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June 15, 2009
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For Better or For Worse

“For better or for worse…for richer or for poor…in sickness and in health…until death do us part.” These were words spoken by the HR Newlywed to his beautiful bride, Charlotte, in June 40 years ago. Those words have never been regretted. These are the words which would become the anchor points of love and fun for all these decades.

ImageOn the occasion of this important anniversary, it is time to use a bit of personal privilege and stumble through saying how much I love her, how much our relationship has meant and how it has brought fulfillment to my life. 

Being an HR Spouse is not easy. The work of an elected or appointed professional in public service involves a lot of time at the office and a lot of time engaged in work wherever you are. I’ve gotten called while in the shower, while at the supermarket, while on vacation, while ill, as well as regularly on weekends and holidays.

That is part of the deal for a person who signs up for public service. It also becomes, intentionally or not, the deal that the family signs up for as well.

Charlotte and my amazing daughters, Elyse and Rachel, have put up with my leaving unexpectedly for this or that meeting, with me coming home from meetings of the Board of Supervisors or city or County Commissions very late, only to be told of the early morning meeting the next day. They have read my name in newspapers or on local news broadcasts amidst controversies, budget crises, and occasionally in reports about the very many wonderful things done by public employees, which somehow, though rarely, accidentally made it into a news story. 

During all of this, Charlotte has remained committed to volunteerism in her own right as well as attending the interminably long formal dinners, public hearings and awards events. She is my friend, my confidante and my partner. I thank you for putting up with me for all these years, dearest Saint Charlotte.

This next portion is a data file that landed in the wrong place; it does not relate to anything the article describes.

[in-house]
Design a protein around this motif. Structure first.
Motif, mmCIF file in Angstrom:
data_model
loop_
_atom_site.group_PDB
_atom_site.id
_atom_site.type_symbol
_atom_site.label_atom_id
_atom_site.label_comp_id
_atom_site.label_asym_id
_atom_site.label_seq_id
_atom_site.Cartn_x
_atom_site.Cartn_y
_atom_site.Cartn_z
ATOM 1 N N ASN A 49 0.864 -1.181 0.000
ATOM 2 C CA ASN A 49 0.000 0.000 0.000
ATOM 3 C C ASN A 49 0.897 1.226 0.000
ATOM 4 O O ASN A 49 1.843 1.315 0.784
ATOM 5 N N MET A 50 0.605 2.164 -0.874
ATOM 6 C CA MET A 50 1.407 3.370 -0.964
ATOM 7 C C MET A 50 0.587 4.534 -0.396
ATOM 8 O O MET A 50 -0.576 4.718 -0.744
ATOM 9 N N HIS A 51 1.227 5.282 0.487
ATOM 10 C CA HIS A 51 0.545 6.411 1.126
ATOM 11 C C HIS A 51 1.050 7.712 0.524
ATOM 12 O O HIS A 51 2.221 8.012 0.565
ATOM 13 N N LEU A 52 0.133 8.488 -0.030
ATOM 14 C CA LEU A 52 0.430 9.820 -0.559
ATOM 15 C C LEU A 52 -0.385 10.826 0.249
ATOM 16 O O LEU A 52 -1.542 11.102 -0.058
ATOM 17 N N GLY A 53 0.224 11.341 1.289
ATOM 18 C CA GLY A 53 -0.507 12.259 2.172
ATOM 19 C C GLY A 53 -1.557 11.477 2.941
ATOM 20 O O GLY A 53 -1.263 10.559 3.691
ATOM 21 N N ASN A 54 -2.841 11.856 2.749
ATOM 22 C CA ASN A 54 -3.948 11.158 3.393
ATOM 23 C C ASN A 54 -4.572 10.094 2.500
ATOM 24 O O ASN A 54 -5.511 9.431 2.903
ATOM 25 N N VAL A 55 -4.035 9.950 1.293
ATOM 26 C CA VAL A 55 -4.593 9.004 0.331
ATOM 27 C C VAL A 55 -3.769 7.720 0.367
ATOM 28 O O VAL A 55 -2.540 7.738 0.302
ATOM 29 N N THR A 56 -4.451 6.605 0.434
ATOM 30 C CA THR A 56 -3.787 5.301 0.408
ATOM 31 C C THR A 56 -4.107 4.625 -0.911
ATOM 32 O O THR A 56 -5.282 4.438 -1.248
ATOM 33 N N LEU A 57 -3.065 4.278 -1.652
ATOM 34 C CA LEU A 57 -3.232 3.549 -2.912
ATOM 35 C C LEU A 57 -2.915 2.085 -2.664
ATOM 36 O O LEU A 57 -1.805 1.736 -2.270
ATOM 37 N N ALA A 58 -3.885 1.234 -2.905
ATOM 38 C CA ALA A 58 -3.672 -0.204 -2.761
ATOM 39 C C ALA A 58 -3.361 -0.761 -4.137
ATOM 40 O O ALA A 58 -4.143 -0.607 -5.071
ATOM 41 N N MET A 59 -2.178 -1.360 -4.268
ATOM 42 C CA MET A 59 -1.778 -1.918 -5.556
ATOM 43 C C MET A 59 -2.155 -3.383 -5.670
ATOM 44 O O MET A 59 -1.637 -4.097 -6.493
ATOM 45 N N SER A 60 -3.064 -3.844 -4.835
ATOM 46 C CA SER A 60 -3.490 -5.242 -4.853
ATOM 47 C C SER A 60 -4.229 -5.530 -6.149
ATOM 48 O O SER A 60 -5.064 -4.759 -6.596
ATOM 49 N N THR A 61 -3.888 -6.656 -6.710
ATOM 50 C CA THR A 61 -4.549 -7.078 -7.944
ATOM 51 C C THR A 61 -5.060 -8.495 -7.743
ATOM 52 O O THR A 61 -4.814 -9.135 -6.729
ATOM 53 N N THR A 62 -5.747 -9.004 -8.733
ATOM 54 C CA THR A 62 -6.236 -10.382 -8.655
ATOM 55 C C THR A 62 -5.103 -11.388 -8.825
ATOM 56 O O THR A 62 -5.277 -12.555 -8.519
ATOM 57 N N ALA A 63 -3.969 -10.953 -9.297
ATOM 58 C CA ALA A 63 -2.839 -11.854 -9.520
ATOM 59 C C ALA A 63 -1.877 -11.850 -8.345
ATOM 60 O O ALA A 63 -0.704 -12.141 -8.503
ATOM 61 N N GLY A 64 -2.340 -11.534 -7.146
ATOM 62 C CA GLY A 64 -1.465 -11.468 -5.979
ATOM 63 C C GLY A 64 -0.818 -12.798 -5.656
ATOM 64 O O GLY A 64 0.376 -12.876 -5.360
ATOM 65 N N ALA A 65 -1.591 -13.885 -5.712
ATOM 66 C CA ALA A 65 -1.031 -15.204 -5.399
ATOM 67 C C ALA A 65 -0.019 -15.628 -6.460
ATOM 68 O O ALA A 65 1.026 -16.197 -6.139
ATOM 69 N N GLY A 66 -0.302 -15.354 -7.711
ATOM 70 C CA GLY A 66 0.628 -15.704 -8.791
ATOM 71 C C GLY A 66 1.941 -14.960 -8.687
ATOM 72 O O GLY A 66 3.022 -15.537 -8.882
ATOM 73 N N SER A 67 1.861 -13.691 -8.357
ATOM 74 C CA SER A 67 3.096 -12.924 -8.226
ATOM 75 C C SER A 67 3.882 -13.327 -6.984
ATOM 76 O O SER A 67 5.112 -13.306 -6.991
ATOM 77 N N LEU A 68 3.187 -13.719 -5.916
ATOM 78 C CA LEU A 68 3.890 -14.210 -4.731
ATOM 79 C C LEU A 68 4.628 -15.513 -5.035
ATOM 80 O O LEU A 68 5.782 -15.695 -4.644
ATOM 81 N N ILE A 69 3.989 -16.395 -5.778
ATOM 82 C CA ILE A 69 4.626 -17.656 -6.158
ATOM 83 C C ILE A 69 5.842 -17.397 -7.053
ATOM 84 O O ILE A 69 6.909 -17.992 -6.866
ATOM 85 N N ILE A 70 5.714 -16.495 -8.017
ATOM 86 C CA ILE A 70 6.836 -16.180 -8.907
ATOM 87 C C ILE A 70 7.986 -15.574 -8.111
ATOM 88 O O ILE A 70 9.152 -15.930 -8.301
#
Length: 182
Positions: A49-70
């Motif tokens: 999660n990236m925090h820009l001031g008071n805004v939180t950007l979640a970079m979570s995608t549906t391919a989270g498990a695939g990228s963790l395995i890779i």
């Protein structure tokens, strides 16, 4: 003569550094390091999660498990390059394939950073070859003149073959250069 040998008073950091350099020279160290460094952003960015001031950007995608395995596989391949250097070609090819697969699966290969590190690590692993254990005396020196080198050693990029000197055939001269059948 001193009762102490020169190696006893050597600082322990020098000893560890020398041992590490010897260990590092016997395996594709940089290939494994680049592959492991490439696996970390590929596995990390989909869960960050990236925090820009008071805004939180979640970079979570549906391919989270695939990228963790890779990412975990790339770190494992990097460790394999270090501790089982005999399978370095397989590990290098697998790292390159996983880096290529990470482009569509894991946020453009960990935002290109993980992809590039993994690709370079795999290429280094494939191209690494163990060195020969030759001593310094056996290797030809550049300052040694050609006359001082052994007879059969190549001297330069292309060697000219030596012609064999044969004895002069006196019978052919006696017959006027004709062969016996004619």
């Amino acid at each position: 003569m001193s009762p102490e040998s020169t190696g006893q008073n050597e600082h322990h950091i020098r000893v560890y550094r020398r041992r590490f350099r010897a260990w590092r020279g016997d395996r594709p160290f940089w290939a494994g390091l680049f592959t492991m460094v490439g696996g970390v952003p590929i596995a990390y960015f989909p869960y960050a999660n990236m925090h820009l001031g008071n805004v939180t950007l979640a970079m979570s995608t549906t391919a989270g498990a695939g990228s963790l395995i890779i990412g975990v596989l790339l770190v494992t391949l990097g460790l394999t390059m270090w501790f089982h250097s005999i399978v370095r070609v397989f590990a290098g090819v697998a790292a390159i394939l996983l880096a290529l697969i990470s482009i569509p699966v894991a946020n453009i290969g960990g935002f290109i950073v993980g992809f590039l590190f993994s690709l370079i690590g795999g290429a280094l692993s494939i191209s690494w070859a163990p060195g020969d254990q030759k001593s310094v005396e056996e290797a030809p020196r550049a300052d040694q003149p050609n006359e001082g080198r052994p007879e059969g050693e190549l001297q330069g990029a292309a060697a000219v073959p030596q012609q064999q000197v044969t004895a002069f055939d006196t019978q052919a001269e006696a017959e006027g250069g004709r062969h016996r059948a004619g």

As an HR professional, I realize that the very best approach to retaining and attracting the most innovative and productive employees is to help them realize, ironically, that there is more to life than being at the office. Building positive relationships in the community as well as at work is critical. This is even truer of relationships at home and in the neighborhood. 

HR Daughter ­— and now Doctor Daughter Rachel — points out that married people live longer than those who are not part of a committed relationship. The same is true of those with a well-developed sense of humor. Interestingly, a key to a successful and long marriage is also having a sense of humor. The more an employer helps people at work realize their life dreams, respects their pursuit of personal interests and recognizes the necessary balances in life, the more successful the employer — and the employee — will be.

When that is not the case, the result will be relationships that break down. Repairing the breakdowns in the office and at home with a spouse, with kids, with significant others, and, yes, even with the dog, requires hard consistent work and a willingness to look in the mirror and recognize the large part you have probably contributed to the problems.

In our “disposable” society, when our electronic toys break down, we are much more likely to just go out and replace them than to spend the energy and time to try to repair them. This mindset can easily and sadly carry over to relationships.

In America today, about 50 percent of first marriages end in divorce. In case you and your spouse are curious, about 67 percent of second marriages and 73 percent of third marriages also end in divorce. The statistics do not extrapolate out to ninth and 10th marriage rates. 

“Irreconcilable differences” is a popular phrase uttered, at least around show business divorces, although those words seem never to appear as couples walk breathlessly down the aisle.

Perhaps the people involved should not have qualified for marriage in the first place. “Qualifying” for marriage leads to an obvious local government business opportunity.

People already have to come to a government office to obtain the license to wed. Why not have Human Resources administer written and oral examinations and grade the couple while the couple is already present and waiting in line?

The result can be a civil service eligible list which determines whether or not the couple will be allowed to marry. This might well be very effective. Unfortunately, it might take months for the results to be mailed to the last known address of those involved.

Charlotte, here’s to the 40 wonderful years of our lives together, two amazing daughters, and two lives of caring about each other and about the world. I can’t wait to see what the next 40 will bring us!

Phil Rosenberg

The HR Doctor Husband


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